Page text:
David Bowie led the way in Direct Cremation

Submitted by Chris Tabor on Mon, 05/10/2020 - 11:29

‘My son tells me 57000 other people have also died this morning. I like to imagine them all in a room whispering, "that's David Bowie" ‘.

Simon Stephens posted that brilliant Tweet on Twitter the morning after the news David Bowie had died on the 10th January 2016.

When someone famous dies, it hits all the major news channels, even as onlookers, we are all surprised, saddened, and shocked at the death.  Not all celebrities or well-known people then go on to create a big reaction over their death that is talked about for years.

David Bowie is one person that did just this – in a noteworthy way.


Bowie’s Will

Created some 12 years before his death, Bowie’s Will asked for his body to be cremated in, as well as his ashes scattered in Bali, Indonesia. Unfortunately, his body could not be transported to Bali for a cremation. But his ashes did.


Why a Direct Cremation?

Bowie had two main reasons why he wanted a direct cremation: an alternative to the traditional burial funeral and ceremony. For much of his life, he was a Buddhist. Cremation was the only chosen option for him.

Celebrating a Life

Traditional funerals and especially church services tend to focus on people mourning, penitence and forgiveness.  In addition, convention dictates attendees are dressed in black; a practice stemming back to Roman funerals where the family of the deceased wore a dark-coloured toga called a toga pulla. David Bowie did not want black to be the dominant colour, atmosphere or theme.

Most people today are not in favour of a mournful or sad service, memorial, or happening. A direct cremation followed by a Celebration of Life service seems to be a growing trend and more in keeping with our developing secular society.

For many, not wanting the deeply or potentially disturbing sight of leaving a coffin with their beloved on the catafalque in a crematorium and walking away can be distressing. For others it can be part of the closure procedure.

What is a Direct Cremation?

Once a person has died, their body is taken away to be cremated almost immediately. A day or so later an urn with their ashes are returned to the family. An urn (in whatever shape chosen) with a loved one’s ashes can be very consoling and reassuring.

This has many comforting and soothing advantages.

  • The loved one is taken care of immediately with arrangements underway and completed within a day or so – not possibly lingering for two-three weeks. A death is one of the most distressing, painful, and heart-wrenching times any of us will ever face. The organization, the planning, the ‘sorting’ out is done and completed with a Direct Cremation.
  • The Celebration of Life service is not confined to just the Crematorium and at the time of cremation.  Time to create a beautiful and fitting Celebration service can be taken. Nothing must be rushed. You have the ashes.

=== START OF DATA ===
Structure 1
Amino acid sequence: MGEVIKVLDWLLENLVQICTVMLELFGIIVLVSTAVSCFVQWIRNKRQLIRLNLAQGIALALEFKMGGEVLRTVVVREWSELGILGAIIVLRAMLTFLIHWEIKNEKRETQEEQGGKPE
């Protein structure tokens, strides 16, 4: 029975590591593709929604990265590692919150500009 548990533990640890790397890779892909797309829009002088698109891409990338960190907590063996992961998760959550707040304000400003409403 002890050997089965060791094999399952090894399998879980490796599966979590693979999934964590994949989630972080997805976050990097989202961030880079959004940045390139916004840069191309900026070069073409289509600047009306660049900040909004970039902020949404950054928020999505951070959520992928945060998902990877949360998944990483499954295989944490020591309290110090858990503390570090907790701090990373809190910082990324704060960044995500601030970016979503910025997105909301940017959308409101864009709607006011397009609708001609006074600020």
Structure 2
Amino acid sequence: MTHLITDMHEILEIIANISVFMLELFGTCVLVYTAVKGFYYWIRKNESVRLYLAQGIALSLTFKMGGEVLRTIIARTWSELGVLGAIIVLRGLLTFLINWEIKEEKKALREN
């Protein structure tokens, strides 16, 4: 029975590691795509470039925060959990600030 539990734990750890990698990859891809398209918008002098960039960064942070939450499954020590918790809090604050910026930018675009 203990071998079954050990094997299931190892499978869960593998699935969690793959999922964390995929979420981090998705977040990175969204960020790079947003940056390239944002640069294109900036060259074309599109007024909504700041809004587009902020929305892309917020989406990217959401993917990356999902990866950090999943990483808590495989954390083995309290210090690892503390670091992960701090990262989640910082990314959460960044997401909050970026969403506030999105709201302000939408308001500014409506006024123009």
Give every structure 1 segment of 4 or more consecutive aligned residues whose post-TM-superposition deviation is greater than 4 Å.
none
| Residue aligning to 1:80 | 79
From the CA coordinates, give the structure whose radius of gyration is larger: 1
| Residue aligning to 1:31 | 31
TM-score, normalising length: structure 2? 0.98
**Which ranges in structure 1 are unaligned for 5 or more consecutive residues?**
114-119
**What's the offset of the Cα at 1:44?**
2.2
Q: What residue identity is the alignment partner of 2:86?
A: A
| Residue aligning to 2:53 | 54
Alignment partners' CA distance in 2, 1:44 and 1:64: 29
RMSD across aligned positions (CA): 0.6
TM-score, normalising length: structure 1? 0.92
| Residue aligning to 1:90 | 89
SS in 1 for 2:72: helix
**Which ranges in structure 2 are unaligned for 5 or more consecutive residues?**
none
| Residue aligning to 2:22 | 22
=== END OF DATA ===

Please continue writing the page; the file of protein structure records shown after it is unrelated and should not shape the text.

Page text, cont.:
• Each year the price of a funeral rises and generally above the rate of inflation. £3,500 to £7,000 is not uncommon for a funeral.  Direct cremations tend to be less than £1,700 in total.

How does one plan for a Direct Cremation?

There are three main routes.

  • A Funeral Director
    Many funeral directors have now introduced this option. It will be cheaper by not having an expensive coffin, a hearse, cortege cars, flowers and so forth.

  • Celebrant for Funerals
    A Celebrant can help, guide, and organize this complete process efficiently and professionally. They have contacts and will be able to act immediately. By selecting this option, a Celebration of Life service can begin to get underway with talking about your wishes, what the deceased would have liked and of course what the family would like.  The Celebration of Life service can be held at any time (days, weeks, or months ahead) and almost anywhere.

  • DIY
    Families can organize a Direct Cremation themselves. Researching options for price, location and so forth can be done. The ashes will be returned to an address of your choosing. Not all families may be in the right frame of mind to be able to cope with such fast and immediate actions needed.


Bowie has done a lot for the Direct Cremation option. It is a mind-set.

Whether it is an interment burial, a cremation or even a direct cremation you would like, the grieving process is the same and still hurts for just as long. If finances are an important factor, the cheapest option is the direct cremation process followed by crematorium cremation and finally burial.

Consider what your beloved would have liked.  There is never a right or, wrong option.